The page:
Click it. I have a real one, at home.
This works the same way, but doesn't need to be dusted off.
Oh. I'm in New Mexico. Some people live without so much dust.
If that's not working on your computer, click here for another. It's Less elegant, but change the number up top left, and click "play." You can mess with the balls as they're moving.
And another cool pendulum thing, kind of a cross between the physics of music, and the art made by wrapping stringing across a pattern of nails on a board. Trippy hippy stuff. (And physics pattern stuff.)
There are homeschool science fairs. Anyone who doesn't know that probably should know. There are school-at-home families who make their kids do a science fair project. Unschoolers don't do that (though it's possible that there have been unschooled kids who have found out about those fairs and asked their parents please PLEASE to help them with a project and to buy them one of those folding display boards! Maybe. )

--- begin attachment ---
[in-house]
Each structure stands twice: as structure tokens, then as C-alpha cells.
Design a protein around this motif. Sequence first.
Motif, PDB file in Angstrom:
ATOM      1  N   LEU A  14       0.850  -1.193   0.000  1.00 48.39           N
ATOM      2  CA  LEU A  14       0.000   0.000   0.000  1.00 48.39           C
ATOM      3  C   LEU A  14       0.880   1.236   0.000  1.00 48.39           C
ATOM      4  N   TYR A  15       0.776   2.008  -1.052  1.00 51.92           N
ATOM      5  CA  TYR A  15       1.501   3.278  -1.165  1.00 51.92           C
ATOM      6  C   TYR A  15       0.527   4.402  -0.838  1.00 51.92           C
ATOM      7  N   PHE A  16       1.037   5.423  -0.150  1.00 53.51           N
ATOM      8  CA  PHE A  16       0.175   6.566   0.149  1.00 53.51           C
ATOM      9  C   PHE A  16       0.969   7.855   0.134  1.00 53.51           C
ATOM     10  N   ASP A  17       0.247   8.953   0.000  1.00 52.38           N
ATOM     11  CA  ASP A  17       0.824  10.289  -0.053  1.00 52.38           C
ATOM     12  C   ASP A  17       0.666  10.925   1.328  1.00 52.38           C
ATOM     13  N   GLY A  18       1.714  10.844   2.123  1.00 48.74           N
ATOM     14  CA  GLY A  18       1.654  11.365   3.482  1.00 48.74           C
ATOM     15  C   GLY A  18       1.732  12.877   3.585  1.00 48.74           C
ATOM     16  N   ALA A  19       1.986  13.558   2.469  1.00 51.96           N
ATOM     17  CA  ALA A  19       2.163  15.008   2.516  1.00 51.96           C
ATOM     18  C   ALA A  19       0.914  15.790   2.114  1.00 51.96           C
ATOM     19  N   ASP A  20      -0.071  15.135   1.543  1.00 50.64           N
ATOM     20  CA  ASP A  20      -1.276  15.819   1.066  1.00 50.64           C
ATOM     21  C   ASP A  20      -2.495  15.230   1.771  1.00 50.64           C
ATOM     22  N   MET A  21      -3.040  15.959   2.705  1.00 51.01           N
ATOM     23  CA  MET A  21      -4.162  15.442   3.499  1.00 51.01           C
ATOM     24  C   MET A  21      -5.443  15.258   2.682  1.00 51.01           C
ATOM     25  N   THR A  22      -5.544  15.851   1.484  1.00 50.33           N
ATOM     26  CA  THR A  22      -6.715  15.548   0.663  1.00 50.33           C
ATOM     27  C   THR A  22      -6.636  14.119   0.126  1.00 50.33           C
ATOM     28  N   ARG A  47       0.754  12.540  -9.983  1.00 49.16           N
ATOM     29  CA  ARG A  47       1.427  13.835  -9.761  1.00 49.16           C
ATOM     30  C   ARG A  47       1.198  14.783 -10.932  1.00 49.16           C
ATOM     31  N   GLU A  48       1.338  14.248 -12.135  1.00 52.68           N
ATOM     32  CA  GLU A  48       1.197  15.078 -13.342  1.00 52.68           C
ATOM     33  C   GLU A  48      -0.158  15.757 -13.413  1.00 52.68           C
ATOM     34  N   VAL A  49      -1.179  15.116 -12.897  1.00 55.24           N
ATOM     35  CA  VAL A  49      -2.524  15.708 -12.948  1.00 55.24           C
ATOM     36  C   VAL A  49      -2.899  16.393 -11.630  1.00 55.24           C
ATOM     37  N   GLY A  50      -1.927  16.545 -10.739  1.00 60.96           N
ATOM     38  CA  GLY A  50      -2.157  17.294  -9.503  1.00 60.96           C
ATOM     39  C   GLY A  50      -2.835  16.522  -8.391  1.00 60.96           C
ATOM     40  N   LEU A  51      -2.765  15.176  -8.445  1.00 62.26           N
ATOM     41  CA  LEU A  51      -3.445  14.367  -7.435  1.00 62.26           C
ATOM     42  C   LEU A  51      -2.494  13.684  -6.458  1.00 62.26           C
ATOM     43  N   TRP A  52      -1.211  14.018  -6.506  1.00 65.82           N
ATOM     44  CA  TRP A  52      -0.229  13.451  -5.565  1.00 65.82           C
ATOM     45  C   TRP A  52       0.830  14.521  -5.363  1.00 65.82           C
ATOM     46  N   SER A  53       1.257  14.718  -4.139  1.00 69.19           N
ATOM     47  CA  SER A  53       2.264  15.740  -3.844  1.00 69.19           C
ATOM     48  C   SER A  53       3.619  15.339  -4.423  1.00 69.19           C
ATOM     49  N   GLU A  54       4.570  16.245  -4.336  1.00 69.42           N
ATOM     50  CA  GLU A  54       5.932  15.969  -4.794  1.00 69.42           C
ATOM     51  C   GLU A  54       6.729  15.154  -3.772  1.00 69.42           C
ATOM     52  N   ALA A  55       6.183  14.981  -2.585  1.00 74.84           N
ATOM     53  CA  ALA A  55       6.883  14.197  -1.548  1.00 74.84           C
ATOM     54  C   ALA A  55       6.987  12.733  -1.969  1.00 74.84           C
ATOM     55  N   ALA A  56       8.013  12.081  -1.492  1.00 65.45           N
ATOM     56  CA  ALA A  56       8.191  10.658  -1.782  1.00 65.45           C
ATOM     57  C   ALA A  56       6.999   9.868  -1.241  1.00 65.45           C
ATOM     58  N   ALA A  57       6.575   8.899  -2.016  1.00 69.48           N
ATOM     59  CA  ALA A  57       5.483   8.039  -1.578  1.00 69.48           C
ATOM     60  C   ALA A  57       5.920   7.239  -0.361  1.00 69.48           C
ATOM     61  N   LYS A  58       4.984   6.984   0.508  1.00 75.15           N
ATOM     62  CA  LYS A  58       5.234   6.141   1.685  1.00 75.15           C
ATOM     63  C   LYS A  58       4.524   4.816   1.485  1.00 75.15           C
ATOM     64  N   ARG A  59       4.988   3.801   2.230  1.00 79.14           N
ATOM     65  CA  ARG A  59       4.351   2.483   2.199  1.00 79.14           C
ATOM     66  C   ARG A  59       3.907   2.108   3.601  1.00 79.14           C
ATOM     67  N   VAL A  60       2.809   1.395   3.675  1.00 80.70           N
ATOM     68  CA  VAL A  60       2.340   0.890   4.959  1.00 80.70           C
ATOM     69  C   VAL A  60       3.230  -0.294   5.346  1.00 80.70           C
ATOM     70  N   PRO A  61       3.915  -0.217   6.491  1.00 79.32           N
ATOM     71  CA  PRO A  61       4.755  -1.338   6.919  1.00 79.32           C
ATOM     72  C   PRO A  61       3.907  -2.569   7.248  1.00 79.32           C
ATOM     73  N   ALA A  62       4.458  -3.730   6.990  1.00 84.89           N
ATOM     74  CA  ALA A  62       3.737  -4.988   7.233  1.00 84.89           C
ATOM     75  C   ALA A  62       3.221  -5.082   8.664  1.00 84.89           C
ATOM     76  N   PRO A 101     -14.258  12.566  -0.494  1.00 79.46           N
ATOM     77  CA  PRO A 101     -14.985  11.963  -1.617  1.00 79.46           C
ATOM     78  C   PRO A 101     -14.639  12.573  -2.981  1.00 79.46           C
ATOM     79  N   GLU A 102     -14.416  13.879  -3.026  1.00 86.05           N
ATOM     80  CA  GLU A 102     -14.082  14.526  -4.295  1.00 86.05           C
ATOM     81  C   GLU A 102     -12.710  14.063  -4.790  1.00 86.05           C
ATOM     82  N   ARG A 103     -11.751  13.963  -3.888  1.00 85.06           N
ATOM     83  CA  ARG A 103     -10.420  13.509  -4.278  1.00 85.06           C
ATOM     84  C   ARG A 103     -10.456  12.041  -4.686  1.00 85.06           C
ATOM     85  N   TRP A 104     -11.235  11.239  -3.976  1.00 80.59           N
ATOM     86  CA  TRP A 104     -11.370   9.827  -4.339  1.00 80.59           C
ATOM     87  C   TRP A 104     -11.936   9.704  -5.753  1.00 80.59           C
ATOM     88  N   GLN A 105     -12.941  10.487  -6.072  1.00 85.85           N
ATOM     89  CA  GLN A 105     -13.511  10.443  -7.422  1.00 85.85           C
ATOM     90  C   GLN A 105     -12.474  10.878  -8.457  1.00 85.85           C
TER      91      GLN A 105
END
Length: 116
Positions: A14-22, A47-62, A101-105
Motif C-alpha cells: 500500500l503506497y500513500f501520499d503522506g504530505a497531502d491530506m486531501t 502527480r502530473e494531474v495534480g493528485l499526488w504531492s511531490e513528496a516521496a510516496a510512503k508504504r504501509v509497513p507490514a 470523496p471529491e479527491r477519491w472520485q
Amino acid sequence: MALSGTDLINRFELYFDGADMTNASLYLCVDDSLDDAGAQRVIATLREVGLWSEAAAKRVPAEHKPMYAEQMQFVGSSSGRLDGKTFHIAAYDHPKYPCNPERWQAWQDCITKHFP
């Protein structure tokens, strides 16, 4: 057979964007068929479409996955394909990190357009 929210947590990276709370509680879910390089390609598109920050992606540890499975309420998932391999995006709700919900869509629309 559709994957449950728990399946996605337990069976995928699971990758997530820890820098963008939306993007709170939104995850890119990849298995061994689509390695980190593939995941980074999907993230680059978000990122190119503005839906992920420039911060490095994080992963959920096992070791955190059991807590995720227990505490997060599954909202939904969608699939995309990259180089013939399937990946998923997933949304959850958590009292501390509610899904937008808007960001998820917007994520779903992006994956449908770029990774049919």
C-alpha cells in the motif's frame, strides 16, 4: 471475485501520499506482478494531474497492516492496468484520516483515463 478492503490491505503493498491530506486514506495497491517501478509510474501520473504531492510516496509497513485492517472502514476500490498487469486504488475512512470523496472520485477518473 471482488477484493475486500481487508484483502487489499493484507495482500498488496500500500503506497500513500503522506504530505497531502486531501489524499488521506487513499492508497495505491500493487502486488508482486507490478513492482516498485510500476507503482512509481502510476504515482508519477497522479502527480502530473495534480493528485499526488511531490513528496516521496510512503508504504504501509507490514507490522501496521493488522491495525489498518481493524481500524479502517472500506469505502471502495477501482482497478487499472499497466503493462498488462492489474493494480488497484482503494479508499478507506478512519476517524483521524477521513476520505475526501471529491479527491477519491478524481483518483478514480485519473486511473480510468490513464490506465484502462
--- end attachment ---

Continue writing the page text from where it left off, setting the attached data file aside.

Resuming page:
Susan Messina, photo and art (found on George Takei on facebook)
When I put that image and some questions about what parents thought about science, and whether such display boards and science fairs existec outside the U.S., there were lots of friendly, sensible answers, and one that led to some problems. I've preserved it without the name of the commenter.
Scientific method is touched on, and some other logic issues.